Make sure that the trail you do bring your dogs to allows dogs. There are some that do not, for various reasons, such as safety and sanitation. That said, most trails allow dogs since many hikers own them. However, just because dogs are allowed does not mean that there aren’t rules to be followed. There is definitely an etiquette to bringing dogs on the trail that will allow for the health, safety, and comfort of everyone, person or dog, who uses it.

Your dog should always be in control. This mostly means having them on-leash and calm at all times. If the trail or park allows it, you may let them off-leash, but only if they are perfectly trained to come when called. Try to always have as many humans as there are dogs. If there are any problems, you will want to be able to properly control them. That said, a good number of dogs on a hike is 2. If you have more than that, it will not only take up a lot of space on the trail, but it could be intimidating for other people and dogs. Always be friendly to other hikers.

Your dogs will read your reactions, and you never want them to confuse an oncoming hiker for a threat. Hikers without dogs should always get right of way, and your dog should be completely controlled. You do not know if those hikers like dogs or react well to them.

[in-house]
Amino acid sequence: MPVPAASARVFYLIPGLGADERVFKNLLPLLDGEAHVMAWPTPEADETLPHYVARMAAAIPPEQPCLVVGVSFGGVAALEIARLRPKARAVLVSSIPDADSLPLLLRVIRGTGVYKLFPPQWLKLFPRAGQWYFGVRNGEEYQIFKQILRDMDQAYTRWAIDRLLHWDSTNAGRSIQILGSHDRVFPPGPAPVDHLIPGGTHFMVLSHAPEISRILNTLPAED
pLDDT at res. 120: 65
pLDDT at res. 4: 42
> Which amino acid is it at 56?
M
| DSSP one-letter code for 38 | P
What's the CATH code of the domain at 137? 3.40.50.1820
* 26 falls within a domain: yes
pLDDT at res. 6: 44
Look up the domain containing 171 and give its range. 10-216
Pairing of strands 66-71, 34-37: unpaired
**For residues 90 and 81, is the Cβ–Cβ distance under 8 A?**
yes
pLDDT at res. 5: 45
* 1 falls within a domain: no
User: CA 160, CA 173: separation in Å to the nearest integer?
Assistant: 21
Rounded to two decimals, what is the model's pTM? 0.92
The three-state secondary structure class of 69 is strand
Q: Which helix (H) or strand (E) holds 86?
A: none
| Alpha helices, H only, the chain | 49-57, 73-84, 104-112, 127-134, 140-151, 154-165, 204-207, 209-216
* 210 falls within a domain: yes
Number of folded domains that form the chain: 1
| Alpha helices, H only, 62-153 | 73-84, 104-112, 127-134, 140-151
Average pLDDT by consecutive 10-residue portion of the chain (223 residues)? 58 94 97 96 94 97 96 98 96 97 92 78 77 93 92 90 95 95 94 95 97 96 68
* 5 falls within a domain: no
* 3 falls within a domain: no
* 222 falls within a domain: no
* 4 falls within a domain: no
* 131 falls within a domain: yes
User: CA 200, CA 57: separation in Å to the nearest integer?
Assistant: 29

Source: Bureau of Land Management Oregon and Washington from Portland, America via Wikimedia Commons

It’s unfortunate, but oftentimes there are loose dogs running around on trails who have gotten away from their owner. Always have your dogs on their leashes if you encounter one. Stay calm, allow them to sniff each other, and then move on your way.

Do your best to prevent your dog from disturbing nature. Remember that their poop is not an acceptable addition to the environment, so make sure to clean up after them. If you don’t have any bags left, then you can bury it, but the whole must be at least 6 inches. It is best to bring plenty of bags and then dispose of them in a proper receptacle. Not disturbing nature means keeping your dogs on the trail and preventing them from trampling plants and wildlife. There are many plants that will not survive being walked on.

Best Hiking Trails for Dogs in the United States

One of the best things about the United States is that it combines a lot of urban infrastructure with nature that is sometimes right next door. There are thousands of hiking trails around the country that are great spots to bring your dog. Here are some of the best.

Fairmount Park, Pennsylvania

Fairmount Park in Pennsylvania boasts over 9,200 acres of picturesque woods and waterfront. Visitors can hike along the trains in the woods, and end up on the beach to relax with your faithful companion. The natural landscapes will provide some wonder for you, and the trails will provide a challenge and some new smells for your pooch.